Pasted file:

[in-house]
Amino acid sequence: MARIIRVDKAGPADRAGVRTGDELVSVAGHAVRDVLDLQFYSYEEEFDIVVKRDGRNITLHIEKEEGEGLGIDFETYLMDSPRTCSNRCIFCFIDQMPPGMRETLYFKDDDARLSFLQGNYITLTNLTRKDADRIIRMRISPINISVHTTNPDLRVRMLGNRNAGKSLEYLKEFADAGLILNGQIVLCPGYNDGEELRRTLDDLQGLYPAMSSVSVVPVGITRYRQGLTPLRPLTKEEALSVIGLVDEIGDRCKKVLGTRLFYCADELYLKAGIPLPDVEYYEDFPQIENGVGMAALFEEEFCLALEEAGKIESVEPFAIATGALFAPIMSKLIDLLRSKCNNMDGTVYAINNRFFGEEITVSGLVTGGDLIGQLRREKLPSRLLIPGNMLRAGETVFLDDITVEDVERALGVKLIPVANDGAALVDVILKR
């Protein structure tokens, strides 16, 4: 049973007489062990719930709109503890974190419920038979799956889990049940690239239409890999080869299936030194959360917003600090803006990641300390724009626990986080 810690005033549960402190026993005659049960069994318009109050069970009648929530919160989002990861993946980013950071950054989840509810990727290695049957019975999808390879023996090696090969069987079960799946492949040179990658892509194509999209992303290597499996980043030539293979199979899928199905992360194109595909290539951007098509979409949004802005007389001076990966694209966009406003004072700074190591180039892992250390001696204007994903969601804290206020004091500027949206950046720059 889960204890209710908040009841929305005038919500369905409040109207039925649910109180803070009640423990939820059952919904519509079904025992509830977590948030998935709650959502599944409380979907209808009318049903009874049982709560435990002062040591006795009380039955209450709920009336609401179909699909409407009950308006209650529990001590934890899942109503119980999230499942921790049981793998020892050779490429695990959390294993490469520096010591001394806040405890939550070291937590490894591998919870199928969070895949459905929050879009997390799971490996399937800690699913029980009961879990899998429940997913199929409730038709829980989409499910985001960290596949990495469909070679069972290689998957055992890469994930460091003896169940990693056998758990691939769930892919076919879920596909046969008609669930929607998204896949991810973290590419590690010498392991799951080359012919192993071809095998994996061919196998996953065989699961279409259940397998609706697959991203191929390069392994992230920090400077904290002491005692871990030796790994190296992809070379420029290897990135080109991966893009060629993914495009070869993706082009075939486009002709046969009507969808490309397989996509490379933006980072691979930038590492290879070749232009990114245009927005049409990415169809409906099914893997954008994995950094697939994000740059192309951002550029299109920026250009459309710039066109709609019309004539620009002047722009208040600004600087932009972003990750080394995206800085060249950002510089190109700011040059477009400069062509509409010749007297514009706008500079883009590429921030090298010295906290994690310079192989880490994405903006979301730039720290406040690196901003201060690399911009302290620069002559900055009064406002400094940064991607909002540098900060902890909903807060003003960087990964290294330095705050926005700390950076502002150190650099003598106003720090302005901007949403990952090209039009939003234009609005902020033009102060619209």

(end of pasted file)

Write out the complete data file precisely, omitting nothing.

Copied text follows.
[in-house]
Amino acid sequence: MARIIRVDKAGPADRAGVRTGDELVSVAGHAVRDVLDLQFYSYEEEFDIVVKRDGRNITLHIEKEEGEGLGIDFETYLMDSPRTCSNRCIFCFIDQMPPGMRETLYFKDDDARLSFLQGNYITLTNLTRKDADRIIRMRISPINISVHTTNPDLRVRMLGNRNAGKSLEYLKEFADAGLILNGQIVLCPGYNDGEELRRTLDDLQGLYPAMSSVSVVPVGITRYRQGLTPLRPLTKEEALSVIGLVDEIGDRCKKVLGTRLFYCADELYLKAGIPLPDVEYYEDFPQIENGVGMAALFEEEFCLALEEAGKIESVEPFAIATGALFAPIMSKLIDLLRSKCNNMDGTVYAINNRFFGEEITVSGLVTGGDLIGQLRREKLPSRLLIPGNMLRAGETVFLDDITVEDVERALGVKLIPVANDGAALVDVILKR
């Protein structure tokens, strides 16, 4: 049973007489062990719930709109503890974190419920038979799956889990049940690239239409890999080869299936030194959360917003600090803006990641300390724009626990986080 810690005033549960402190026993005659049960069994318009109050069970009648929530919160989002990861993946980013950071950054989840509810990727290695049957019975999808390879023996090696090969069987079960799946492949040179990658892509194509999209992303290597499996980043030539293979199979899928199905992360194109595909290539951007098509979409949004802005007389001076990966694209966009406003004072700074190591180039892992250390001696204007994903969601804290206020004091500027949206950046720059 889960204890209710908040009841929305005038919500369905409040109207039925649910109180803070009640423990939820059952919904519509079904025992509830977590948030998935709650959502599944409380979907209808009318049903009874049982709560435990002062040591006795009380039955209450709920009336609401179909699909409407009950308006209650529990001590934890899942109503119980999230499942921790049981793998020892050779490429695990959390294993490469520096010591001394806040405890939550070291937590490894591998919870199928969070895949459905929050879009997390799971490996399937800690699913029980009961879990899998429940997913199929409730038709829980989409499910985001960290596949990495469909070679069972290689998957055992890469994930460091003896169940990693056998758990691939769930892919076919879920596909046969008609669930929607998204896949991810973290590419590690010498392991799951080359012919192993071809095998994996061919196998996953065989699961279409259940397998609706697959991203191929390069392994992230920090400077904290002491005692871990030796790994190296992809070379420029290897990135080109991966893009060629993914495009070869993706082009075939486009002709046969009507969808490309397989996509490379933006980072691979930038590492290879070749232009990114245009927005049409990415169809409906099914893997954008994995950094697939994000740059192309951002550029299109920026250009459309710039066109709609019309004539620009002047722009208040600004600087932009972003990750080394995206800085060249950002510089190109700011040059477009400069062509509409010749007297514009706008500079883009590429921030090298010295906290994690310079192989880490994405903006979301730039720290406040690196901003201060690399911009302290620069002559900055009064406002400094940064991607909002540098900060902890909903807060003003960087990964290294330095705050926005700390950076502002150190650099003598106003720090302005901007949403990952090209039009939003234009609005902020033009102060619209």